Do You Wonder if You Give Enough to Jesus?

Published: Aug 18, 2020
Do You Wonder if You Give Enough to Jesus?

We want to give God our best, right? This seems straightforward—living a life “worthy of the calling we have received.” But the more I’ve examined this yearning to give my best, the less it seems Christ-centered.

Can I tell you my guilty secret? I hate prayer requests.

For years, I deliberately didn’t write them down. The pressure to pray for people wore me out.

You already admire me tremendously, don’t you?

Prayer requests make me think awkward thoughts. For instance: When I pray for someone, can I just name them, or do I need to recite specifics? How long should I keep remembering the request? One day, one week? one year? When can I forget their request? (Please don’t say never.)

Even asking these questions sounds awful. So far, no one has handed me a Prayer Etiquette book that addresses my questions. (If you have read that book, send it to me, stat.)

Look, prayer requests are like news headlines: they are a reminder of just how much pain there is in this world. I have trouble opening my heart because it overwhelms me.

My weakness feels petty given that we are supposed to give our all to Jesus. Day after day, I am reminded just how much “all” is. It feels impossible, wearying, overwhelming. I used to snort when I read those verses about Jesus giving us an “easy” yoke. It sure didn’t feel easy. My endless anxiety about faith is a leaden, elephantine burden.

Then, one day, I discovered I had everything upside down—and it changed me.

I think what I’ve learned might help you, too.

Photo Credit: © Getty Images/Rawpixel

“Our Best” Is a Weird Trap

I mean, of course we’d want to give God our best, right? This seems completely straightforward—living a life “worthy of the calling we have received.”

But the more I’ve examined this yearning to give my best, the less it seems Christ-centered.

Let’s start with the word “my.” It’s not focused on God, but me.

I thought Jesus wanted me to bring my best efforts, show up with the best I had to offer, but the more closely I read the gospels, the more I see Jesus meeting people in their absolute lack. Their desperation. Their bewilderment. Their moment of greatest weakness.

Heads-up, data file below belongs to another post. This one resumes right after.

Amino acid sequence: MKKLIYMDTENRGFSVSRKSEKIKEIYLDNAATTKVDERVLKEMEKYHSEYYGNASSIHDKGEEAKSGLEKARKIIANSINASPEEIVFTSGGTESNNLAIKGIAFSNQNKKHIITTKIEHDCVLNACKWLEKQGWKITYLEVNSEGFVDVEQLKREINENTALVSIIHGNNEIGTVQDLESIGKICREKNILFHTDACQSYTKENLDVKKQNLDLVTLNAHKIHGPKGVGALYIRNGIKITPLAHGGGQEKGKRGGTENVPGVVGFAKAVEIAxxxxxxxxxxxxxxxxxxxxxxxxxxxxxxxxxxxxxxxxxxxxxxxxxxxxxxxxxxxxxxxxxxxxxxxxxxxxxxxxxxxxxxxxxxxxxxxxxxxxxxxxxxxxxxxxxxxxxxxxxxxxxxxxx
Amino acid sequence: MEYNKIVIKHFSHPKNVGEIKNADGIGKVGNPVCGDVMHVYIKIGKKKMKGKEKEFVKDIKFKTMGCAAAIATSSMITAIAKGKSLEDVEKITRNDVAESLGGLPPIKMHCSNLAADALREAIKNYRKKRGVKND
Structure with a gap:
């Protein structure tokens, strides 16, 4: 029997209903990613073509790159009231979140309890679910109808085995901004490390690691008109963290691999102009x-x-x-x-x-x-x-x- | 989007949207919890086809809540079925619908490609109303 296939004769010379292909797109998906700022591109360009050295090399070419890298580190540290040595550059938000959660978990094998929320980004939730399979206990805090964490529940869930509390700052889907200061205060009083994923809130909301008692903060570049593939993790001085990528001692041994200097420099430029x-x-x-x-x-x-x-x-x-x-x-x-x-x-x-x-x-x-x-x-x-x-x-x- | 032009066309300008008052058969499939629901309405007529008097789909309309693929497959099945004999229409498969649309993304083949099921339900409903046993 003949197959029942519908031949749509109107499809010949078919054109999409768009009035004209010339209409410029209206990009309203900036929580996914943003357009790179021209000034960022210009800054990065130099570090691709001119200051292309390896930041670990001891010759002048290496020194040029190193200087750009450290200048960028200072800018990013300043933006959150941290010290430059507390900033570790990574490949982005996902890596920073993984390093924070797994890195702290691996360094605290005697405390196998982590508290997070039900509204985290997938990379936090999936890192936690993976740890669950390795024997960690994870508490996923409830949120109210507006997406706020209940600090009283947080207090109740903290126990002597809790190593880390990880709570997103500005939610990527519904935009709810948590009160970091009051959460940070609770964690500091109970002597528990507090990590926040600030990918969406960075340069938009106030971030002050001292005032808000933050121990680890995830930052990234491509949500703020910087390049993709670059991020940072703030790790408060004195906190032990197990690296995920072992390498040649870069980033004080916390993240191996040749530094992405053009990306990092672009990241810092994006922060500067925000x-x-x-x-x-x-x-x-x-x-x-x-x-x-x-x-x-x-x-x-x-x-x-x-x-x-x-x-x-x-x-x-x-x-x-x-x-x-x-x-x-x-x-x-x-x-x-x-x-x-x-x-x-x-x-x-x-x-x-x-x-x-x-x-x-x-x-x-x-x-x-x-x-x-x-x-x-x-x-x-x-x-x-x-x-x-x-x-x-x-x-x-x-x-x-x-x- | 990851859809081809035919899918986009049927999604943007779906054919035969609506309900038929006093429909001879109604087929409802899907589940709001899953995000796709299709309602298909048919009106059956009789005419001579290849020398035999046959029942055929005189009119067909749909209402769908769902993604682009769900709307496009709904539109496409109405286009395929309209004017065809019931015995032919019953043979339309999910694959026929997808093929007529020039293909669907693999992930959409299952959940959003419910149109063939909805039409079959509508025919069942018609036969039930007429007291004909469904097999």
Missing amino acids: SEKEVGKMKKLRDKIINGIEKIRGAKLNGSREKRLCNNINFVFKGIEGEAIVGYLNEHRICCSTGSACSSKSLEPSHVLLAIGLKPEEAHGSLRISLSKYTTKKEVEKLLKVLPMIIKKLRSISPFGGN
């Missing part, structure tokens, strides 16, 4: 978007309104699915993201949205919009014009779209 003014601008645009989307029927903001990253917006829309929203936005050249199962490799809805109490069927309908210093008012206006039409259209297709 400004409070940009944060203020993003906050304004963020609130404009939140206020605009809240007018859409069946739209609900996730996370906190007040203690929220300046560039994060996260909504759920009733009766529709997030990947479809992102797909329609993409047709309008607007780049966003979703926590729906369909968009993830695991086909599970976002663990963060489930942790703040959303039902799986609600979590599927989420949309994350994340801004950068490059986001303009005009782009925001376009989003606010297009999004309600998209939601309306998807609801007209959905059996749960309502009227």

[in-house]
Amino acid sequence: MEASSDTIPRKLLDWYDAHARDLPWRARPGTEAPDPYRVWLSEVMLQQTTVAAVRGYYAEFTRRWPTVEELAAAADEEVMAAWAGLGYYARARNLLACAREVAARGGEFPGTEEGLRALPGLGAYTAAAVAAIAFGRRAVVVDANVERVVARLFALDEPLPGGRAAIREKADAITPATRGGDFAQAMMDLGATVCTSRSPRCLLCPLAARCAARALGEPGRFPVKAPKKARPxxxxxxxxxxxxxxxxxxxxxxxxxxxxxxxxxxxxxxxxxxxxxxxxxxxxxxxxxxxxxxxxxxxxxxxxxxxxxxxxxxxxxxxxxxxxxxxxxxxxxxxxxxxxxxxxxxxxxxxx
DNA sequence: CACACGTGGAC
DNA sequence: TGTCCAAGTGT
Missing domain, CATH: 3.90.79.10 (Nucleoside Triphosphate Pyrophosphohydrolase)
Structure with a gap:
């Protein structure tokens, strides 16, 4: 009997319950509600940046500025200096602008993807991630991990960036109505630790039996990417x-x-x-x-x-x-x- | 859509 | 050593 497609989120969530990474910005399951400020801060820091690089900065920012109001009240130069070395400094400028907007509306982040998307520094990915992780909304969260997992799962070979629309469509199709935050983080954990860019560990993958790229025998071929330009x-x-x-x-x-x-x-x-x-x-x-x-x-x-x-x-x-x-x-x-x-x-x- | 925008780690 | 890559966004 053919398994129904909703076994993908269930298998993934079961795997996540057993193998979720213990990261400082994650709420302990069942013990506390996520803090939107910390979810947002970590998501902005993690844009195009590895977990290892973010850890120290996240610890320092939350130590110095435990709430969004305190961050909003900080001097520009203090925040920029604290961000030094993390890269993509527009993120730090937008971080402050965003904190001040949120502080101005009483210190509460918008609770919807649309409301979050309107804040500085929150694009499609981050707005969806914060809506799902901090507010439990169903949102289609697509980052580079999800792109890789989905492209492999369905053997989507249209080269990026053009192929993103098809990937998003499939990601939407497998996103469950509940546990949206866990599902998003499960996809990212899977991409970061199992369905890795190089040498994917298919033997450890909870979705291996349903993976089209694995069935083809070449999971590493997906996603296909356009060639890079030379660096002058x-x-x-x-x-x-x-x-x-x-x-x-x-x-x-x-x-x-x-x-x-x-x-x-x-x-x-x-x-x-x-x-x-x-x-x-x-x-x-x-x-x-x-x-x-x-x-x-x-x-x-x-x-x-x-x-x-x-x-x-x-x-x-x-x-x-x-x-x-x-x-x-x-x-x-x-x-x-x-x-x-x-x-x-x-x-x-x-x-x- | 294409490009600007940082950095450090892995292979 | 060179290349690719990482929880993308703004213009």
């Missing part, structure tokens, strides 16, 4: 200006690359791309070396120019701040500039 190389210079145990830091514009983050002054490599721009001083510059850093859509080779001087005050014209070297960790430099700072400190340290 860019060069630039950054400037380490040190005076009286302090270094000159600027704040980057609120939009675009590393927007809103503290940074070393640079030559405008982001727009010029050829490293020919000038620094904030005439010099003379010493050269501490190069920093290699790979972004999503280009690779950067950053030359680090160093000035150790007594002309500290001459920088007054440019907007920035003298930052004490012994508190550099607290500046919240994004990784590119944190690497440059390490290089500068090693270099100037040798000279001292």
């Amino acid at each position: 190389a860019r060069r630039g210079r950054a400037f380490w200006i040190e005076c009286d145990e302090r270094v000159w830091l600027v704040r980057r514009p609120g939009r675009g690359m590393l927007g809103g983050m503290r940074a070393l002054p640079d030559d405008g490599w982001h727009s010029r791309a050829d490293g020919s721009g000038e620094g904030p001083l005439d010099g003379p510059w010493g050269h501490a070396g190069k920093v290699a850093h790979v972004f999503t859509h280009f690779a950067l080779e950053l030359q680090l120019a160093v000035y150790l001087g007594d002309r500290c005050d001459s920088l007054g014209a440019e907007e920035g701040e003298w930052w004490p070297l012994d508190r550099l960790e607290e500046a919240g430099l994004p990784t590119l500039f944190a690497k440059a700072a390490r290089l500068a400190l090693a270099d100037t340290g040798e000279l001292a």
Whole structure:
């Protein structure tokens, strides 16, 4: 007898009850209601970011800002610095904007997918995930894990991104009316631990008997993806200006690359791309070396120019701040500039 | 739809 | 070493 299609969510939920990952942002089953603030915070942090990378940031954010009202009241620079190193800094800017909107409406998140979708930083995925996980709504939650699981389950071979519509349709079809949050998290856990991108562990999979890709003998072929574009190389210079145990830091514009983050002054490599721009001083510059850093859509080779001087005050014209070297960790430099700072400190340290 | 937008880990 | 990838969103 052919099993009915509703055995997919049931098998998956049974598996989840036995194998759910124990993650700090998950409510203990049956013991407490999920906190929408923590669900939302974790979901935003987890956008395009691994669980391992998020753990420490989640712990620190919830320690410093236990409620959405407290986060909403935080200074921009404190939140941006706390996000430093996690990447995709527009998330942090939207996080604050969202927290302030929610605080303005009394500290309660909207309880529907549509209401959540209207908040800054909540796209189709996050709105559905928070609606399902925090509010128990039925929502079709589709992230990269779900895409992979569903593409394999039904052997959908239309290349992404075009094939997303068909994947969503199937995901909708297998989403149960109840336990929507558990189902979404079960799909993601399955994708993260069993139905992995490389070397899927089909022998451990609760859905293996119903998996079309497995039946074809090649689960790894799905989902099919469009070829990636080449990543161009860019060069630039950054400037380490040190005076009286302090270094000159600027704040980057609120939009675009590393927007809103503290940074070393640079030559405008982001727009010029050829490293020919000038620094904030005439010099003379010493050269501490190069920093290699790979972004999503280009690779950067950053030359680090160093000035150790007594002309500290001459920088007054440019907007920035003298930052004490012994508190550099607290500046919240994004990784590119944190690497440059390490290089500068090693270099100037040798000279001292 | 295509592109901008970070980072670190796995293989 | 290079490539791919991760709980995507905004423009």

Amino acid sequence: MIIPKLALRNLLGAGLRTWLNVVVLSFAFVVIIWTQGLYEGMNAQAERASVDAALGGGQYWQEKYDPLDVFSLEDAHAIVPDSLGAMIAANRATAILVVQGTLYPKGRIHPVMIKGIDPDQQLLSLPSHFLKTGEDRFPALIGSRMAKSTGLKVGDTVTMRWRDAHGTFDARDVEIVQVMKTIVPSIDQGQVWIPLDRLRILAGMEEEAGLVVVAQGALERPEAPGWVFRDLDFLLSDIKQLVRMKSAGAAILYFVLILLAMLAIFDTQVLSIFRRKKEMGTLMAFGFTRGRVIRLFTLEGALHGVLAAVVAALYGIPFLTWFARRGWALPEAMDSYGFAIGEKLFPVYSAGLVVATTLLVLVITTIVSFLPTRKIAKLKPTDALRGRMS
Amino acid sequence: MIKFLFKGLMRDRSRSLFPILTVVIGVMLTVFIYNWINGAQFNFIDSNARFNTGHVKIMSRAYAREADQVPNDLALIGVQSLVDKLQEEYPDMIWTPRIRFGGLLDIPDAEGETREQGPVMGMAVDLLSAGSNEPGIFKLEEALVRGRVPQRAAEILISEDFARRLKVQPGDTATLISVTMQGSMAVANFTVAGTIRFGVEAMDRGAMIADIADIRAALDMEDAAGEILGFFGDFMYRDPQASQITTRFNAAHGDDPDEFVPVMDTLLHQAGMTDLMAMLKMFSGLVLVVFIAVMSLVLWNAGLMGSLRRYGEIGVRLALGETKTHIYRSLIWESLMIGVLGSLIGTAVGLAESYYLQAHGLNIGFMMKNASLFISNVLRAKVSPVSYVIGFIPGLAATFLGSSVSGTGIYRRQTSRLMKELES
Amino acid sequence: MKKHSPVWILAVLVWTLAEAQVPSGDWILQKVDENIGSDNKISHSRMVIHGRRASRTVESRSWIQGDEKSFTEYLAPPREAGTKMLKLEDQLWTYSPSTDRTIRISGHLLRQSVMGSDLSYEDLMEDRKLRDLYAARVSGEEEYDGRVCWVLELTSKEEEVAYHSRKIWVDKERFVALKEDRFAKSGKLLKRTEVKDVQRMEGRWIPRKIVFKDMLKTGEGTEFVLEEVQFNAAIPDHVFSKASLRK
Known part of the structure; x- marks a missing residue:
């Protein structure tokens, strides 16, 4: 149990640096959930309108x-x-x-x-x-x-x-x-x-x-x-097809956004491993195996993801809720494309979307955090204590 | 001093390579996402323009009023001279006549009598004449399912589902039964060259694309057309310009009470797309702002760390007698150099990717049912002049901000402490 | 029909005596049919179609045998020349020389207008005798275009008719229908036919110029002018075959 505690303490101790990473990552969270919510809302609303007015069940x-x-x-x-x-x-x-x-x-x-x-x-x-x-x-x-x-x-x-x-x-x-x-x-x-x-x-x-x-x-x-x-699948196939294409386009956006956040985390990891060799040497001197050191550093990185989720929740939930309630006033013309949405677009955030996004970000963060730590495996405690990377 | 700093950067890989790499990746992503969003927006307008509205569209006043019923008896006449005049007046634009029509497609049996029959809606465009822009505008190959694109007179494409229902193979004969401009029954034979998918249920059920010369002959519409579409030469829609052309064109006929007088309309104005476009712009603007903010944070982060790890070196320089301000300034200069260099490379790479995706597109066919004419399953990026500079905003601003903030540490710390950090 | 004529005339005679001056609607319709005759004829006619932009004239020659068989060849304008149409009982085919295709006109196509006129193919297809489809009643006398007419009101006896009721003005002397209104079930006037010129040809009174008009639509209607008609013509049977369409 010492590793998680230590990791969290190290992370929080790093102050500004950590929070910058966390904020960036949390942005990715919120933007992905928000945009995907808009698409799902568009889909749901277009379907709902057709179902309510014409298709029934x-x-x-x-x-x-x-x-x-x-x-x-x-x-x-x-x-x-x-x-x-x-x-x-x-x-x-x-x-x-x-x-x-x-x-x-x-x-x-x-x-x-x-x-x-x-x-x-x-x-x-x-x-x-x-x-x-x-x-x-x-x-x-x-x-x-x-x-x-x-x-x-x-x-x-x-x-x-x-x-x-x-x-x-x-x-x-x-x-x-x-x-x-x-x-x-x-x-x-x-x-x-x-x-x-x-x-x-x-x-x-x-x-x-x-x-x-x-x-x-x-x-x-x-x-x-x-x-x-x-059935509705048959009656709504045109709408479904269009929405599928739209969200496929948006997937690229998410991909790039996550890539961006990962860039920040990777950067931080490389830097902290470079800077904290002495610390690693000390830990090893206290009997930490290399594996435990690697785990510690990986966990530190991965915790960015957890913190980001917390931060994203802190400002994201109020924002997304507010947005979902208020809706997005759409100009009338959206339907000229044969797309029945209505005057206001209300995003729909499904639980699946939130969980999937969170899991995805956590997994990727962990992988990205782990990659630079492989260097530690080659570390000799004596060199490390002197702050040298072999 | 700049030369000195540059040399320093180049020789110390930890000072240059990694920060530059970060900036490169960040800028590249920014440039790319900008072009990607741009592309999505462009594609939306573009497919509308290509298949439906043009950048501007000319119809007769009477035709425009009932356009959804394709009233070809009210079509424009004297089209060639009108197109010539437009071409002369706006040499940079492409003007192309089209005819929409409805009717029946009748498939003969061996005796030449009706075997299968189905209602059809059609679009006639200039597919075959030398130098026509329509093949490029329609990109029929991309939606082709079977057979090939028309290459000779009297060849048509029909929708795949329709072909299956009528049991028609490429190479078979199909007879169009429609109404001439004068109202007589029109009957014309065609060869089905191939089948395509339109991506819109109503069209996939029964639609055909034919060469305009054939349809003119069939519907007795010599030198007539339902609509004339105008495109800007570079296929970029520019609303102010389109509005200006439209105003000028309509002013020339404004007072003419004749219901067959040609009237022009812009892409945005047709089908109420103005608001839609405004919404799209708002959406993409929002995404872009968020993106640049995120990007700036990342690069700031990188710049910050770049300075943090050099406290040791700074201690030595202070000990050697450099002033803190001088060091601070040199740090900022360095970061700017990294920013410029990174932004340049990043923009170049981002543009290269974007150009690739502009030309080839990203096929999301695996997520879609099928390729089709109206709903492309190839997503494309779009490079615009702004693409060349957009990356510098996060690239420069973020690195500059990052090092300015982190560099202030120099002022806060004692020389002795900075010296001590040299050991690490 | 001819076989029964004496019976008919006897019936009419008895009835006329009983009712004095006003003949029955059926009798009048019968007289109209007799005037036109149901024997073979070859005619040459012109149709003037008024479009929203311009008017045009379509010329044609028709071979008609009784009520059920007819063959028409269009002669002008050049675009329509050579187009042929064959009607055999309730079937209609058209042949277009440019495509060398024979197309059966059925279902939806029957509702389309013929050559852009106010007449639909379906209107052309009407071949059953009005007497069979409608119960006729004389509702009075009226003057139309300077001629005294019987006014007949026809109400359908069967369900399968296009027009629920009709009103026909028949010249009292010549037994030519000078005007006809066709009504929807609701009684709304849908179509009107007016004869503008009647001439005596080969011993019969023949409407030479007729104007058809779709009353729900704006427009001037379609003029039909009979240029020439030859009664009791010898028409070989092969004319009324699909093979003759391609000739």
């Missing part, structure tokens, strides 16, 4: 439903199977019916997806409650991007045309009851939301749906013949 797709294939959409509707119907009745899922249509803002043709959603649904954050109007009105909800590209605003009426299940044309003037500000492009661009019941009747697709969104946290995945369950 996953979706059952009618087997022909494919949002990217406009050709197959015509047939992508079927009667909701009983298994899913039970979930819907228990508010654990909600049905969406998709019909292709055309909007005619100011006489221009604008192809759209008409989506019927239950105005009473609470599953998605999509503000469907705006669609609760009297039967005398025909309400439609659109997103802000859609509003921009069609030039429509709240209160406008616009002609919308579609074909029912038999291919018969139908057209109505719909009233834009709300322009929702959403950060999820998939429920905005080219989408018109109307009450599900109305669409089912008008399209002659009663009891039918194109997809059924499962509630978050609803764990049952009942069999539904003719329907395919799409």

Yes, they often offer a great treasure as well—take the story of the sinful woman anointing Jesus’ feet in Luke 7. The context of the story is telling.

The woman is known as a sinner. She has not pulled her life together, done her quiet times and service projects faithfully, or stewarded her resources savvily in order to present a gift to the teacher. No, she has gate-crashed a party where she’s considered a pariah—both because of her sin and because she’s a woman. She is absolutely vulnerable as she washes Jesus’ feet with her hair—and someone accuses her of waste as she cries.

We imagine God wants our best efforts, our carefully curated talents, our biggest contributions, our disciplined growth, but instead I think God wants us to show up desperate with our two mites and fling them in his direction.

Jesus isn’t waiting for us to have enough. Instead, he wants us to realize our enoughness isn’t required at all.

Rather than striving towards “good enough,” I’ve begun focusing on my desperation instead. When I am afraid to pray for the world, God invites me to notice my broken-heartedness. When I am overwhelmed, God asks me to rest. When I feel weak, he invites me to tell the women in my small group that I am afraid to pray.

I don’t need to work towards enough. “Good-enough” distracts me from the gift Jesus actually gives me: the chance to be fully honest about my helplessness.

woman looking up questioning

“Should” Distracts Me from Discernment

You know that thing where you envy other people? I’m not the only one that does that, right?

I get really star-struck with Christian service. I envy those who start ministries to the poor or take a vow of poverty or minister to refugees. You know, the really meaningful ministries, the ones I should be doing, rather than the ordinary, humdrum, unremarkable stuff I can actually manage with my gifts, anxiety, and introversion.